Hedge plants

High and stable hedges can be planted with field maple – perfect as a living privacy screen in summer when delimiting the property. In contrast to evergreen hedges, those made from field maple have the advantage that they do not have to be cut conically. Balding on the inside almost never occurs if the shape is kept square or rectangular. A maple also needs a lot of light as a hedge plant, so it should not be planted in the shadows of buildings or walls.

  • Plant spacing: 60 centimeters, 80 centimeters is better
  • Loosen the soil.
  • Possibly lay drainage.
  • Mix sand or gravel under the soil.
  • Insert the root ball slightly above normal soil level.
  • Pile up with earth (slight hill).

If you have a little patience and can use the scissors well, you can conjure up hedge gates or even hedge arbors out of your maple trees. As a hedge plant, however, the maple requires a little more maintenance. So that the hedge always looks nice and compact, it has to be cut twice a year: once in spring and once in late summer. A single cut per year is usually not enough, as the field maple grows very strongly in a favorable place.


A maple tree is usually responsible for its reproduction alone. In spring, the tree’s winged split fruits ripen and fall off. Many of them then germinate very quickly in the immediate vicinity. Rooting usually takes place very quickly. Since the roots branch out very quickly after a short time, they should be implemented quickly, as they can only be removed with great effort with increasing age.

Growing from seeds is very easy and can also be done by a layperson. However, it takes many years for the seedling to grow into a stately maple tree.

  • Time to sow: September
  • Loosen the seeds from the wing cover.
  • Place in a glass between two damp cotton pads.
  • Germination time: about a week
  • Put the seedling in a pot with sandy potting soil.
  • Temperature: cool (12-15 degrees)
  • Location: bright (without direct sunlight)
  • After a few weeks get used to the open field (sheltered, partially shaded place).

After about six months, the young plant, which is now around 30 centimeters in size, can be planted in a suitable place in the garden.

Note: It is very difficult or almost impossible to multiply the various Japanese maple species. Almost all of the Japanese maple plants available on the market are grafted, as it is said that real Japanese maple species have a very short life expectancy.

Propagation by cuttings

Propagating the maple by cuttings is not easy. Most species will not grow from cuttings. However, one species in which this method of propagation works quite well is the fire maple.

  • Time: July
  • Cut the head cuttings with three to four pairs of leaves.
  • Remove the bottom pair of leaves.
  • Slightly scrape off the bark in the lower area with a sharp knife.
  • This wounding ensures better root formation.
  • Soil: sterile, sandy cultivation soil
  • Water requirement: slightly damp (not wet!)
  • Location: bright, without direct sunlight
  • Temperature: 12-15 degrees
  • in case of low humidity: cover with a plastic bag.
  • Cut a few holes in the bag and air it daily.


All maple species are hardy and can withstand severe frosts. Only young plants as well as potted and bonsai plants require special protection.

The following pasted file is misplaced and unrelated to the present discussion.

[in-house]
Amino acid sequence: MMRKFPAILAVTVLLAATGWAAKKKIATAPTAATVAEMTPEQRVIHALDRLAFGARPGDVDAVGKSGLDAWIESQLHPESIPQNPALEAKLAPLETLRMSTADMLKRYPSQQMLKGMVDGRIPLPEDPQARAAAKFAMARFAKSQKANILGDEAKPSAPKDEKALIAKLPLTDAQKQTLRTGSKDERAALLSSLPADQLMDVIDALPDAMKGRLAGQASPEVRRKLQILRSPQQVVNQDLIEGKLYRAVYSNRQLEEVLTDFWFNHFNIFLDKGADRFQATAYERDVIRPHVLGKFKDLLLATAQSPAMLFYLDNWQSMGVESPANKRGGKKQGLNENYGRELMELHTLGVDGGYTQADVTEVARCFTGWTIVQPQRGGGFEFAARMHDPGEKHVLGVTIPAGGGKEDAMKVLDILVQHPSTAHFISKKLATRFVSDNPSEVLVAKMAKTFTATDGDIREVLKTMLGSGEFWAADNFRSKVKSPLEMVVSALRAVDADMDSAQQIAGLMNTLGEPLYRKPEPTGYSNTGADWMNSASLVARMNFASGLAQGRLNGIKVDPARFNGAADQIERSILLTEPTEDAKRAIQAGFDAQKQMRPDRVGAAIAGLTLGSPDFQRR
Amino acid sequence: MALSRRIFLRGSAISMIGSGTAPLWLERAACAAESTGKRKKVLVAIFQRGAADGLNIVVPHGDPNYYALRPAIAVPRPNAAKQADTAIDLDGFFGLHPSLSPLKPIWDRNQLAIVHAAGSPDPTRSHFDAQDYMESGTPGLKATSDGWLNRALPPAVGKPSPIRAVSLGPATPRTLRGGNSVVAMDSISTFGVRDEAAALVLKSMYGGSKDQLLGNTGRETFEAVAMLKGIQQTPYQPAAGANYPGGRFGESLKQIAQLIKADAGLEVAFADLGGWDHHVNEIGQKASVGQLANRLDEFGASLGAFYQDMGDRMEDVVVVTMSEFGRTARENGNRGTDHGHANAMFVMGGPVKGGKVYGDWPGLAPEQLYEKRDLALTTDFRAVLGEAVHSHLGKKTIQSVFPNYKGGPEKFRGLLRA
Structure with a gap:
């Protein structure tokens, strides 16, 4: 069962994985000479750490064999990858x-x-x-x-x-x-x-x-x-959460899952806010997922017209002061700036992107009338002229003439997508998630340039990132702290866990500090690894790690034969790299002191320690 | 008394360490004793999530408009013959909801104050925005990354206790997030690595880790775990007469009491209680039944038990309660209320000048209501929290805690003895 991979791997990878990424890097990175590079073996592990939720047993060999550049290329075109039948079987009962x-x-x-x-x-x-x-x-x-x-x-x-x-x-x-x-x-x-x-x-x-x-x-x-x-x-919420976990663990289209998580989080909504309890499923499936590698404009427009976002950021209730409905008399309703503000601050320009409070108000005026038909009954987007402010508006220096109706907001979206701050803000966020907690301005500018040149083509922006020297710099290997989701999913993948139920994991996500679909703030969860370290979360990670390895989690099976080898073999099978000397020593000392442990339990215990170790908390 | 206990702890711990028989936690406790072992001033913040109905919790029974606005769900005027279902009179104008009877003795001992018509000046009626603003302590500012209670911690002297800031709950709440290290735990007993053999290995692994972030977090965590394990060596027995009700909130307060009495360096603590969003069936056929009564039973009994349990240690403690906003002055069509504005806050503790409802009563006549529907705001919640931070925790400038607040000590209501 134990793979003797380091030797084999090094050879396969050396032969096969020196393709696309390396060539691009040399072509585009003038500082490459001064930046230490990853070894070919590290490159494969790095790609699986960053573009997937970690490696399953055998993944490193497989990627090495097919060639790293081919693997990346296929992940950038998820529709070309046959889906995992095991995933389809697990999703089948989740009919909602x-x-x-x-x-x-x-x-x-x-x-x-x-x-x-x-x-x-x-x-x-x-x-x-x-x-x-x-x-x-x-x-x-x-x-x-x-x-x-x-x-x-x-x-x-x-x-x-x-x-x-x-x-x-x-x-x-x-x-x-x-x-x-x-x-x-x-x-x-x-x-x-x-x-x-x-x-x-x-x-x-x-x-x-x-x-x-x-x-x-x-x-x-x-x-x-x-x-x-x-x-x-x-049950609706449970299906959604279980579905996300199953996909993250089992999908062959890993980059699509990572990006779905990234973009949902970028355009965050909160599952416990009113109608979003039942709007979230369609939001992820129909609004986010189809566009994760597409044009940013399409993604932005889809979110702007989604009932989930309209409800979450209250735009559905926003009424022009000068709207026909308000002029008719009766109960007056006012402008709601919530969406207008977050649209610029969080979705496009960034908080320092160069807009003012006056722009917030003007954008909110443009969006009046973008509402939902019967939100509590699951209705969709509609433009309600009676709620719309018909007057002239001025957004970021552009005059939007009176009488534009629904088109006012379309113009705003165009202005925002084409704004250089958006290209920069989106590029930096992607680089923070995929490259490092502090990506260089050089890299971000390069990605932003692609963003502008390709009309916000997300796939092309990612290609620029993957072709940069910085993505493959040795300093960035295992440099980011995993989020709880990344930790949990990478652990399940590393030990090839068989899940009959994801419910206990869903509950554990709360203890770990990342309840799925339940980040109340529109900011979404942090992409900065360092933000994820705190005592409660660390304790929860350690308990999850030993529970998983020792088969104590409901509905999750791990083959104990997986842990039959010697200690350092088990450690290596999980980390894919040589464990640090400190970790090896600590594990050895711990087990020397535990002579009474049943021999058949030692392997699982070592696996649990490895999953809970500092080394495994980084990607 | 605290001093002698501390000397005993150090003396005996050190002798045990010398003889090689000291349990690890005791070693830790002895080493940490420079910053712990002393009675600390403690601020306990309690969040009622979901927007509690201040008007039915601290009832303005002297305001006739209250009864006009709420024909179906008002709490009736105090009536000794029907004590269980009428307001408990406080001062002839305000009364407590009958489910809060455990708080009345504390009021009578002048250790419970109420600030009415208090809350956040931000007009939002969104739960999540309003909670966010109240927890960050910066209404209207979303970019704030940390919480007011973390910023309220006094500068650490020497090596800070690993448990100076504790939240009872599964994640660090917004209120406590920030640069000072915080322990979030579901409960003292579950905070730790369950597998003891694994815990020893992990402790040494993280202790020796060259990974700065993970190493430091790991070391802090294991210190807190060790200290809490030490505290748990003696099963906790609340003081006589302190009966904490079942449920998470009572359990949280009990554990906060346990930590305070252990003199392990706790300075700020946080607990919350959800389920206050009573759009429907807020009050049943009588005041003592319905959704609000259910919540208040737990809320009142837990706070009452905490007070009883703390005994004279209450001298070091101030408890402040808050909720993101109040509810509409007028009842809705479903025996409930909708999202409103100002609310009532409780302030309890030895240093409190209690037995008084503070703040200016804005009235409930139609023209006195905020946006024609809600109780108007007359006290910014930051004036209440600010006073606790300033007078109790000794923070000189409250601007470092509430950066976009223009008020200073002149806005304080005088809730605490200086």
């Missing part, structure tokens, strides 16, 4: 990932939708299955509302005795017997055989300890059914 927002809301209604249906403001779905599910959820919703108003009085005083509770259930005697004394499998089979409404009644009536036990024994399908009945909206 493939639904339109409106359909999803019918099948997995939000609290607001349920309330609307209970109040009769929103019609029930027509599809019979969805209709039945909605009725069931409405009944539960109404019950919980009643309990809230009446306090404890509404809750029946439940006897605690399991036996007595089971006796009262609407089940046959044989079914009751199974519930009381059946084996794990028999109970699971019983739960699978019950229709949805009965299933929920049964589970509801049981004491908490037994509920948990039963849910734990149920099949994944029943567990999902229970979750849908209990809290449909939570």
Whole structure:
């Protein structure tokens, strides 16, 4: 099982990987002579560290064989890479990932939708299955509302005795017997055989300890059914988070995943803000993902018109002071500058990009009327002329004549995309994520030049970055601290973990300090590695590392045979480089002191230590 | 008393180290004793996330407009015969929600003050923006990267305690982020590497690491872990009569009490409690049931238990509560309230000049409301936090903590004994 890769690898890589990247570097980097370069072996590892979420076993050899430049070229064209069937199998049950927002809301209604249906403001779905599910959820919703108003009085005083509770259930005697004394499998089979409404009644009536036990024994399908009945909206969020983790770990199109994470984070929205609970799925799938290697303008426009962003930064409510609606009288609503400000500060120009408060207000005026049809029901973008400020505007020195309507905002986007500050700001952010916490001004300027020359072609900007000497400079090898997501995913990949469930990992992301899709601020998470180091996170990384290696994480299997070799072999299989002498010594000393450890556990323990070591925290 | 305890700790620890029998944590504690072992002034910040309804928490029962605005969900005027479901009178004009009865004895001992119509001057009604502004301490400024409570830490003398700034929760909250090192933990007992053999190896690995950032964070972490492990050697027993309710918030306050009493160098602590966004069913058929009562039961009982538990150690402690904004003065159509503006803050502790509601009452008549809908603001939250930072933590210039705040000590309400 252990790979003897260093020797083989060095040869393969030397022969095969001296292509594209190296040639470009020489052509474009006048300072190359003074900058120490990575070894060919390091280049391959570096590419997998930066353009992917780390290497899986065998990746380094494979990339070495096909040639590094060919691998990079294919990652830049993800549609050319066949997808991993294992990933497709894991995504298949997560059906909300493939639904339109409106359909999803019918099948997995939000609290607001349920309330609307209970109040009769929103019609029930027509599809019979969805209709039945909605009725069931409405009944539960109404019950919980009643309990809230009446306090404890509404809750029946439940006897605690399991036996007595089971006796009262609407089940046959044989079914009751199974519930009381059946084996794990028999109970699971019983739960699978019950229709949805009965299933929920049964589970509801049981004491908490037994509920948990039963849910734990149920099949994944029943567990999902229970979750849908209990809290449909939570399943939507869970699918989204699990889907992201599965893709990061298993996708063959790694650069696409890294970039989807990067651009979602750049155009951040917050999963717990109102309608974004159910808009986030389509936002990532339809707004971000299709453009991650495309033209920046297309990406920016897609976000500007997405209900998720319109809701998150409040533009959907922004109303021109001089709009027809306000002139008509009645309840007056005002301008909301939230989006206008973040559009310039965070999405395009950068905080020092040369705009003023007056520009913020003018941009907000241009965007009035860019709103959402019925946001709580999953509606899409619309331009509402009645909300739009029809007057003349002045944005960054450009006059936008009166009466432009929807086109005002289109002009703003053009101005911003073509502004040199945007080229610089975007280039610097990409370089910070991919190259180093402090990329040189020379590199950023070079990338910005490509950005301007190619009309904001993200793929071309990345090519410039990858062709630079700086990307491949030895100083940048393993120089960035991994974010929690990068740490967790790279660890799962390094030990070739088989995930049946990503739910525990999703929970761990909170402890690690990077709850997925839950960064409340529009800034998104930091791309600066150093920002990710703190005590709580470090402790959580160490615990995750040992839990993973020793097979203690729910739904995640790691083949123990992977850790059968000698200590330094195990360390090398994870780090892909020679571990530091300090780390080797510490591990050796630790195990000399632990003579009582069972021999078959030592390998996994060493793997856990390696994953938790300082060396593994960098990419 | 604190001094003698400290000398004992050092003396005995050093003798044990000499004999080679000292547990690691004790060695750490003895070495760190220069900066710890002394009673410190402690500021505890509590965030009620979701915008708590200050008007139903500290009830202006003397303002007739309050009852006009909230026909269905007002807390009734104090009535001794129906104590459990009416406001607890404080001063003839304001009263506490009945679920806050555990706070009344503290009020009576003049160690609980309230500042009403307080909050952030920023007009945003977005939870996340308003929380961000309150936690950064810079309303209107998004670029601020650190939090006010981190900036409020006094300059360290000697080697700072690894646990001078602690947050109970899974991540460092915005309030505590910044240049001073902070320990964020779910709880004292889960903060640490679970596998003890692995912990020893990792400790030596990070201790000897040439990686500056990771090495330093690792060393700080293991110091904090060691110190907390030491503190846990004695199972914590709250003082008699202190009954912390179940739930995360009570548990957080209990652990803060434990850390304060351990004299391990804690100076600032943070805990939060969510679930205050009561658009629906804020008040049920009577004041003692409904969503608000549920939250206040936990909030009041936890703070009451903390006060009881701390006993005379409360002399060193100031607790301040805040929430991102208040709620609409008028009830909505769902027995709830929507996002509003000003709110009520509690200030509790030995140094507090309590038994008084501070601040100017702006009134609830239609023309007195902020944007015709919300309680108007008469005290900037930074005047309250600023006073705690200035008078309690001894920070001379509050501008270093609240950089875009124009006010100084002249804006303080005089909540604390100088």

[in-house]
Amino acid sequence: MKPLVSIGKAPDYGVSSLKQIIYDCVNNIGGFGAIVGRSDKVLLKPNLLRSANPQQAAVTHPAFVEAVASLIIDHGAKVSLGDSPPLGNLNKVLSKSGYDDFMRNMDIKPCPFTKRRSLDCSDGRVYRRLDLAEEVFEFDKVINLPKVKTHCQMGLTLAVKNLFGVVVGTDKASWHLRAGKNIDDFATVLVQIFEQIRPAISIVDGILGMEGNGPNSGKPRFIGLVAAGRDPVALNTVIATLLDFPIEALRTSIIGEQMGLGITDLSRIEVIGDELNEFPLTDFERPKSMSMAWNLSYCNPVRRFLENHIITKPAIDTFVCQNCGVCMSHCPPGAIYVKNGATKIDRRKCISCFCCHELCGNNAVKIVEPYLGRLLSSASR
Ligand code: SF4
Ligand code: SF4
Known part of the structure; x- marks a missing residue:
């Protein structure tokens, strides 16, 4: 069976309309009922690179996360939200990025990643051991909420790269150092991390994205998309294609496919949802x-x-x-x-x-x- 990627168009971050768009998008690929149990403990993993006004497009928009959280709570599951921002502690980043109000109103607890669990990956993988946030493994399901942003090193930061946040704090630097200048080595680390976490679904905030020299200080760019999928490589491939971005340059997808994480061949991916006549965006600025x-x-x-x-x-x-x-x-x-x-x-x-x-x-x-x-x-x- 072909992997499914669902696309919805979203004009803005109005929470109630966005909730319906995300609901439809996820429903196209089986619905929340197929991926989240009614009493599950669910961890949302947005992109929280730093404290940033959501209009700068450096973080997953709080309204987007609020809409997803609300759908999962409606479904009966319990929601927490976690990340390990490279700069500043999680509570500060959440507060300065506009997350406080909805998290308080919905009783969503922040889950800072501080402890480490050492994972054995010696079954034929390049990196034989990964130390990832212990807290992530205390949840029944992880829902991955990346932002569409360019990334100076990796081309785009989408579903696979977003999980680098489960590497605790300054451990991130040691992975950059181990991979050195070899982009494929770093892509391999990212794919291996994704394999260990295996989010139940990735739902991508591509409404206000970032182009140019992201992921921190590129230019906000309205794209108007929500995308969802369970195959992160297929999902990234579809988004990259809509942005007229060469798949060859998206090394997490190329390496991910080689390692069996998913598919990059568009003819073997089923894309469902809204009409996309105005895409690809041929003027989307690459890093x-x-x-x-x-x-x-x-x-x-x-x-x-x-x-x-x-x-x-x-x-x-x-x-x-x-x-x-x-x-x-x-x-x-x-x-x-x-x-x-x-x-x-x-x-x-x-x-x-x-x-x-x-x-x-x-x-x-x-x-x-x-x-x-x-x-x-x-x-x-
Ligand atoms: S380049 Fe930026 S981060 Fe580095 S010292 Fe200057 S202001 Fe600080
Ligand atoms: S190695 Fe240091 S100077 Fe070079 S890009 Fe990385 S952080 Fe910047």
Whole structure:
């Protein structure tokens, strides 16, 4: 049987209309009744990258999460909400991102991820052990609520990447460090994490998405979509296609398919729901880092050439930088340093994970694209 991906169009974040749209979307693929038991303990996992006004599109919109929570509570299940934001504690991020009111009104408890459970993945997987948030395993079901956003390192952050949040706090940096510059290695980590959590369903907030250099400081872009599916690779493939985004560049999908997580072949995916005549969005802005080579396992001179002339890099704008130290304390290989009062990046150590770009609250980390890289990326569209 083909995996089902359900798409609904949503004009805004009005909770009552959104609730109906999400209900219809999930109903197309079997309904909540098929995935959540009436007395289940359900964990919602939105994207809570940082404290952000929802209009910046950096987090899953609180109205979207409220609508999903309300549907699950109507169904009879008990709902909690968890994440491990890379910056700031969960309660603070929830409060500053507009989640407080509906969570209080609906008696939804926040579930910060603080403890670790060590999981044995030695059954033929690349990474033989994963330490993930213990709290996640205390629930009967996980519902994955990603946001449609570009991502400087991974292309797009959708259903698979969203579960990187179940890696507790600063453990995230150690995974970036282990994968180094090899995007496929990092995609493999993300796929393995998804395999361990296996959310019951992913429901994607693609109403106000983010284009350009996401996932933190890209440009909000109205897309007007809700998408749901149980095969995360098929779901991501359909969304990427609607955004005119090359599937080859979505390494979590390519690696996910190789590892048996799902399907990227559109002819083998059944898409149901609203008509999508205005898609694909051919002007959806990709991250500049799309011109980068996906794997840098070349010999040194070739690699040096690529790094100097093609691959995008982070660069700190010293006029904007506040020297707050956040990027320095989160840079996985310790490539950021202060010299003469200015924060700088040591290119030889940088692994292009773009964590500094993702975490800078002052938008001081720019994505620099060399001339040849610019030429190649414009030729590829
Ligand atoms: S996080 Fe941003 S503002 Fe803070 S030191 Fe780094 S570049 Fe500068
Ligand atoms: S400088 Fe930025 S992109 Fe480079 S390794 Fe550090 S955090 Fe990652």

• Older maple trees in the open do not need any measures to overwinter.
  • Pile up young plants around the trunk with soil or leaves.
  • Place potted plants in large pots on a styrofoam plate on a house wall protected from the weather.
  • Cover the ground with sticks, straw or dry leaves.
  • Bonsai plants or maple in small pots: place light in a cool, mostly frost-free place (temperatures between 2-6 degrees are ideal)
  • Avoid higher temperatures in potted plants (they will then sprout and tend to freeze)
  • Can be removed from the pot and planted in a protected spot in the garden.
  • If the pot is frost-proof, it can also be planted in the ground.
  • Pile up with earth, leaves or straw
  • To protect against late night frosts: Protect leaves with a fleece and move them closer to the house wall.

Diseases and pests

In an optimal location, the maple is very robust. However, it becomes more vulnerable in severe drought or wet soil.

  • Gall mites: plant gall on the leaves (usually unproblematic)
  • Powdery mildew: mealy fungal spots on the leaves, mostly caused by drought stress
  • Leaf spots: yellow to brown spots on the foliage: drought stress
  • Dry leaf tips: Leaf tip drought, location too windy
  • Aphids: Occurrence in July / August, remedy with means against sucking insects
  • Spider mites: In summer on poorly nourished plants, fertilize and spray with pesticides
  • Dying branches by fungi: too wet location, remove affected areas generously, change location or drain the soil.

Maple trees come in a wide variety of sizes, leaf shapes and foliage colors. Their palm-shaped leaves are more or less incised depending on the species and can take on shades of green and red in summer. The combination of a light-leaved maple with a red-leaved variant is particularly beautiful. In autumn, the leaves of the maple trees change color spectacularly: bright yellow to dark red. Except for a well-drained soil and a little water when it is dry, the plants do not have any special requirements and prove to be very robust.

Similar Posts

Leave a Reply

Your email address will not be published. Required fields are marked *